Conversion - T2 Limbach

 
Rev - Jan 02, 2018

 By Jan Zumwalt (EAA #66327)


 

See Also

Introduction

ICHER, ZUVERLAESSIGS SPORTLICH, and spar-sam, translates from German into English "safe, reliable, sporting, and economical". This not only describes the engines built by Herr Peter Limbach (EAA 75951) in his motorenbau, or engine plant, near Bonn, West Germany, but it seems to be the motto of his whole operation. Limback Motor has such remarkable workmanship, the German government has certificated 11 variants of his VW engines for use in aircraft!

History

Peter Limbach (1913-1987) was born in the same building he setup his factory in. He said in 1974 his family dates back a thousand years and used to be robber barons in this area. He got into the VW engine business by doing VW engine rebuilding. At first Volkswagen didn’t appreciate his competition, but later he was able to establish a good working relationship with them. He rebuilt more than 25,000 VW engines and pretty well knows everything that can go wrong: which parts suppliers build less expensive yet reliable spares, and what basic design weaknesses must be corrected. Now, if you want to eat and engine building! rebuilding is your business, you’ve got to find a new outlet. Peter has admitted he had no knowledge of the airplane business in 1969 when he started, but learned quickly.

Production

Without the kind assistance of Volkswagen, it would be impossible for the Limbach engines to exist. The cost of development and manufacture of a new engine from scratch which meets the FAA requirements either in Germany or the U. S. is prohibitive for the small-time operator. Volkswagen provides a short block “kit” from the industrial engine line, one hundred units at a time. By buying a minimum of one hundred, Peter gets a discount. The “kit” includes the housing or block, crankshaft, camshaft, heads with valves installed, connecting rods, and assorted bearings and hardware. This is a bulk shipment and not from the spare parts department. In return Peter must guarantee that none of these components or assemblies will ever be put in a car. The cooperation with Volkswagen is sufficient to permit Peter to specify which parts he wants in the “kit” and a combination of parts from several engine models will be supplied if he specifies them.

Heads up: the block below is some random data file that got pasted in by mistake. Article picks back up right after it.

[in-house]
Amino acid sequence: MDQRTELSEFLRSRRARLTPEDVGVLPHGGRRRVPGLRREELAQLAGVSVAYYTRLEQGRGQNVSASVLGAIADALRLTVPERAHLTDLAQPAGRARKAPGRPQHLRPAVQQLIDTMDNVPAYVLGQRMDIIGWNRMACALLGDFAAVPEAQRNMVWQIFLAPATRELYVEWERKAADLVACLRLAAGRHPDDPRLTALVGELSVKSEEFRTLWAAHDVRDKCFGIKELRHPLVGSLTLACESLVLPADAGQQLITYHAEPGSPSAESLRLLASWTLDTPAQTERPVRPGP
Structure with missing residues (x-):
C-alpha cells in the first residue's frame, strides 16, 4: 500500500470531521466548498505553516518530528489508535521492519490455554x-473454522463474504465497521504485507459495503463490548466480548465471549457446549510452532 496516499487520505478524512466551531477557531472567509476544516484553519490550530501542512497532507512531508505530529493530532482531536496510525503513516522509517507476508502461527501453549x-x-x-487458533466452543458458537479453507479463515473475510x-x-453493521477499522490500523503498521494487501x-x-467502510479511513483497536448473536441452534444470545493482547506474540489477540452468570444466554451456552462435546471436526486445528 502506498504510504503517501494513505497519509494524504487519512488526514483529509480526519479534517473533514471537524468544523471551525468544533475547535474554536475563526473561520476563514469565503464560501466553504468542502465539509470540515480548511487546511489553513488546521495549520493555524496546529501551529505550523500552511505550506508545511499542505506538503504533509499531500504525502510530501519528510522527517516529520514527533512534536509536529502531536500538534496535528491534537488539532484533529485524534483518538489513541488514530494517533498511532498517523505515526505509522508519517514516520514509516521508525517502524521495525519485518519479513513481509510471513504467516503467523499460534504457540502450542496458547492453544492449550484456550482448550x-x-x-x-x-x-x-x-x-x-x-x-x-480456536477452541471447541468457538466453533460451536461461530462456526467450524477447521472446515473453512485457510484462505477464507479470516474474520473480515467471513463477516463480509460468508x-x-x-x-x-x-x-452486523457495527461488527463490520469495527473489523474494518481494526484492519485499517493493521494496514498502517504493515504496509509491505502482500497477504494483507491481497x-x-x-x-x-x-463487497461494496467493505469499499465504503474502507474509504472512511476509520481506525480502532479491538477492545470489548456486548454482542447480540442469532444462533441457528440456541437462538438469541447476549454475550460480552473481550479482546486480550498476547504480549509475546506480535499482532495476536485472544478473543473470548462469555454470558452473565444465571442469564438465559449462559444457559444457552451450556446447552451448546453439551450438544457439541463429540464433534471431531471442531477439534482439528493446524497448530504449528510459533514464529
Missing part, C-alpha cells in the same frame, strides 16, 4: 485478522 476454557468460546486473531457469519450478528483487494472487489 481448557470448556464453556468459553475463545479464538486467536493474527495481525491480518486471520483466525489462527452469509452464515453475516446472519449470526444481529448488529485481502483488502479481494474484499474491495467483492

Once the short blocks are at the Limbach factory, they are completely checked for airworthiness by a qualified inspector on Peter’s staff or himself. Since 1969 he has not only learned a lot about aircraft needs, but he has obtained the aircraft engine inspector license from the LBA, which is the German equivalent of the FAA. When the modification process begins. Peter prefers mounting all accessories on the flywheel end of the engine and has designed a mounting plate for this purpose. He believes better cooling can be achieved this way and the engine looks more streamlined. He machines a taper for the propeller hub. installs a thrust bearing, and magnafluxes the crankshaft.

Volkswagen Alliance